- And I wouldn’t be surprised if another shoe dropped soon on the EnterpriseDB front. (Please excuse the mixed metaphor.)
- I used to laugh at how many different app servers Sun had acquired. Oracle acquired a number too. Together it’s quite a pile of them.
- Oracle says acquiring Java is a great big deal. I’m not sure I see why that would really be true.
More later. I have a radio interview in a few minutes on a very different subject.
|Categories: EnterpriseDB and Postgres Plus, HP and Neoview, MySQL, Open source, Oracle, PostgreSQL||20 Comments|
I talked with Ingres today. Much of the call was fluff — open-source rah-rah, plus some numbers showing purported success, but so finely parsed as to be pretty meaningless. (To Ingres’ credit, they did offer to let me talk w/ their CFO, even if they offered no promises as to whether he’d offer any more substantive information.) Highlights included: Read more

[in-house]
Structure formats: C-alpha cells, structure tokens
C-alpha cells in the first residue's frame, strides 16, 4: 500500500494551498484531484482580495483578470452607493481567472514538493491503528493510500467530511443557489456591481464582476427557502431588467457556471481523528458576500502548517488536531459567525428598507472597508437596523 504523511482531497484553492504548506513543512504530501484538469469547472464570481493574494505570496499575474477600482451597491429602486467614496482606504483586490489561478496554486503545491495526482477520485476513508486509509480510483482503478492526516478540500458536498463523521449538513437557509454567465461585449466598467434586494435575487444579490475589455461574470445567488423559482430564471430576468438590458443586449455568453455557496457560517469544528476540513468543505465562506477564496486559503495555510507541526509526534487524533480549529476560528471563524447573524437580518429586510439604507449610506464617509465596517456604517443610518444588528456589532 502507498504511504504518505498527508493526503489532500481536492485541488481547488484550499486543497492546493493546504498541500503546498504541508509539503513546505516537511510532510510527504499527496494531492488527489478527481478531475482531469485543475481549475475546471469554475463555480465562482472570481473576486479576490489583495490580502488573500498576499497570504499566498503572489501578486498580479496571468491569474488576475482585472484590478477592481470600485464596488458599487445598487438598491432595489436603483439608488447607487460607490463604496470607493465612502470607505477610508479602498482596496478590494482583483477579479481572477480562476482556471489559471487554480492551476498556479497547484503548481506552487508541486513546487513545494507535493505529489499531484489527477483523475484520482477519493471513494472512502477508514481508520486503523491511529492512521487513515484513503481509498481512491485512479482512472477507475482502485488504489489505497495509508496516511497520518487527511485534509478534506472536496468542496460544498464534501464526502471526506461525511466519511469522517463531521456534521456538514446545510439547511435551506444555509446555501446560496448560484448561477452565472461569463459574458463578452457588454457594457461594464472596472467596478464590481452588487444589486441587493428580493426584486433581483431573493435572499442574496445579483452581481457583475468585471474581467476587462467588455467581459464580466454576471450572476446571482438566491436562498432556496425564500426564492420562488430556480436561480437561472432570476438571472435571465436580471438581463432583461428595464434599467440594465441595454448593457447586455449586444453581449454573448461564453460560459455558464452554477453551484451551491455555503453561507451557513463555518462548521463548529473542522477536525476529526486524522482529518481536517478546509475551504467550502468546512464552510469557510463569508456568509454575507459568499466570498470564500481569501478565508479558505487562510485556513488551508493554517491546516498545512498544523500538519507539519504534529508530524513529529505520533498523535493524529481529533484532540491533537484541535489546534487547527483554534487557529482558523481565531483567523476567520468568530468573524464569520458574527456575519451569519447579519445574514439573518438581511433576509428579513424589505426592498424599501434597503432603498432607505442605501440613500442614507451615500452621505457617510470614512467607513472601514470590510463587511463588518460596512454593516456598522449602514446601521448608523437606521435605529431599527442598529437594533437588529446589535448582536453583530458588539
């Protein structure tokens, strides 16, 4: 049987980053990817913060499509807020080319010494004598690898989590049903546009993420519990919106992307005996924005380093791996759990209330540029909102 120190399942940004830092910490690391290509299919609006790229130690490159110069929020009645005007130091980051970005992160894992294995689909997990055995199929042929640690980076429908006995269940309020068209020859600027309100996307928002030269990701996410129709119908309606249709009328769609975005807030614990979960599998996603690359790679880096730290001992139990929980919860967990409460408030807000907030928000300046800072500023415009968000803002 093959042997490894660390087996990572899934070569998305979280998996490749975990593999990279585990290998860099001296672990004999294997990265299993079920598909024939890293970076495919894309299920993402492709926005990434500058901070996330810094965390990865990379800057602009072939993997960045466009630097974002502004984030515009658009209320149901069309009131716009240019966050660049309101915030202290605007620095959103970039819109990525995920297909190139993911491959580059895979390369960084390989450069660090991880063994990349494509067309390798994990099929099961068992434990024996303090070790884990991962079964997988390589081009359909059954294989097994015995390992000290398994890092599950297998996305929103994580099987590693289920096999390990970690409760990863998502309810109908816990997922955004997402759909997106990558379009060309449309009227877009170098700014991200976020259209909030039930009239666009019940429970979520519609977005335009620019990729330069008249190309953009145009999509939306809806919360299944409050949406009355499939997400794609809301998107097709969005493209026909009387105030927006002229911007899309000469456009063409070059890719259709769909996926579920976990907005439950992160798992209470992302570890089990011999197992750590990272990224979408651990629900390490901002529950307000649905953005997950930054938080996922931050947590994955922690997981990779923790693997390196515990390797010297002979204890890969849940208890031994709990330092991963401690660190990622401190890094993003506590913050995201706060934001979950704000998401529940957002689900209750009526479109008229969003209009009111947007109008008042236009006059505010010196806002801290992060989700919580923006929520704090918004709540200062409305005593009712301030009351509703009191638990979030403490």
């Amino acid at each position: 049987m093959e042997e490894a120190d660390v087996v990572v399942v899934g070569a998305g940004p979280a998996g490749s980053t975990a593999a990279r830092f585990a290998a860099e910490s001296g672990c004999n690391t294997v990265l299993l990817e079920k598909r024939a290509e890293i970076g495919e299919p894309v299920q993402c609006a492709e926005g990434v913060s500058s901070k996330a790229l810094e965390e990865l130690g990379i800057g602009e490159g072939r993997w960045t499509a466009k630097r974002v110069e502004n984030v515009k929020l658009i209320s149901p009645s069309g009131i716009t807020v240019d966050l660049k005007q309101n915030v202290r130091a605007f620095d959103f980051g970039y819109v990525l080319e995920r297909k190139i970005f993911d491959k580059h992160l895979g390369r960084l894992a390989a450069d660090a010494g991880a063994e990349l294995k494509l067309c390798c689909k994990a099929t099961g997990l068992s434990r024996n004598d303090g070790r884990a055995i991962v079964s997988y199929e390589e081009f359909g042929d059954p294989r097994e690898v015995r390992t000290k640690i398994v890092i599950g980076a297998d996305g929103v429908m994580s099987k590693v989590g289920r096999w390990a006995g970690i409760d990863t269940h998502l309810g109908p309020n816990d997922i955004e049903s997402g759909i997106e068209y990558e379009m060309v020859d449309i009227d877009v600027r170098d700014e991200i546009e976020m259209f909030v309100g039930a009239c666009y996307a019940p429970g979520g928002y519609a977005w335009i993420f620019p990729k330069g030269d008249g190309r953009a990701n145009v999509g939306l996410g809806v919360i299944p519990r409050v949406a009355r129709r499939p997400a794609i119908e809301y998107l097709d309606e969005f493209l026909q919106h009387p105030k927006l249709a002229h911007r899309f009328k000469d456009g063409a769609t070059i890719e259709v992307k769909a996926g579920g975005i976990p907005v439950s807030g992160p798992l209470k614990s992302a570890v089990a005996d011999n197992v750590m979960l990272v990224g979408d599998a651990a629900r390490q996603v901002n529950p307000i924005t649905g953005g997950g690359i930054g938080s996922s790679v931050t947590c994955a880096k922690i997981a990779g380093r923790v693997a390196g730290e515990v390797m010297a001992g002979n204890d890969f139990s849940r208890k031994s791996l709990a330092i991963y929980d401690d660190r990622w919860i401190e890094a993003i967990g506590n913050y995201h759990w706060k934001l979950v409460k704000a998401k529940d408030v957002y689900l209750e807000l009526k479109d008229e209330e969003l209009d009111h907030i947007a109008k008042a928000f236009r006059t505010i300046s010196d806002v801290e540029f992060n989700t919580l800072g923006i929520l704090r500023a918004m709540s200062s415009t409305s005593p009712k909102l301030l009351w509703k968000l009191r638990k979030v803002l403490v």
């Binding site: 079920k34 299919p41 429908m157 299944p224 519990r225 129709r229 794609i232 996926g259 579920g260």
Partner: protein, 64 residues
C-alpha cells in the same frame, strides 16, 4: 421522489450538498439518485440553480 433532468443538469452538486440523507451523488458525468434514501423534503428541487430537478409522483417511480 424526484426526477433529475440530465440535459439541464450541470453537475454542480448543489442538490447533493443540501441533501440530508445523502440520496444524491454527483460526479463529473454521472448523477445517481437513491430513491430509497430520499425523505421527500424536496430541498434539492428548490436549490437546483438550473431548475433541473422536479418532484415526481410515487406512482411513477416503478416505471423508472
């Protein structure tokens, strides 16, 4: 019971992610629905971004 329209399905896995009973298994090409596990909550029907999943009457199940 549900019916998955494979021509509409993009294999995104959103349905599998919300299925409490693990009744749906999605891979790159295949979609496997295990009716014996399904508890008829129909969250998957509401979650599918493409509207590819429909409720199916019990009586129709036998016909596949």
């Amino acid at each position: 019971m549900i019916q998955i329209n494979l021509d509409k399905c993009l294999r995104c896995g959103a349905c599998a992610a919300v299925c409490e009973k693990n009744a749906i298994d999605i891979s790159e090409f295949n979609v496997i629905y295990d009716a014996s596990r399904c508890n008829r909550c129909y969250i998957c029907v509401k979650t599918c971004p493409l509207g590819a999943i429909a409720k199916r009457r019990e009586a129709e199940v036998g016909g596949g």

|Categories: Actian and Ingres, Data warehousing, EnterpriseDB and Postgres Plus, MySQL, Open source, Oracle, PostgreSQL, Sybase||6 Comments|
Reported or rumored merger discussions between IBM and Sun are generating huge amounts of discussion today (some links below). Here are some quick thoughts around the subject of how the IBM/Sun deal — if it happens — might affect the database management system industry. Read more
|Categories: Actian and Ingres, Data warehousing, EnterpriseDB and Postgres Plus, Greenplum, IBM and DB2, Infobright, Kickfire, Kognitio, Microsoft and SQL*Server, Mid-range, MySQL, Open source, ParAccel, PostgreSQL, solidDB||10 Comments|
I had lunch today with CTO Bob Zurek of EnterpriseDB, who turns out to live in almost the same town I do (they technically separated in 1783, but share a high school today). DBMS-related highlights included:
- EnterpriseDB thinks PostgreSQL training and certification are a big deal for increasing PostgreSQL adoption.
- EnterpriseDB’s business focus right now (at least, one of them) is moving developers from interest to download to deployment and payment — i.e., the standard funnel for open source and open-source-inspired products.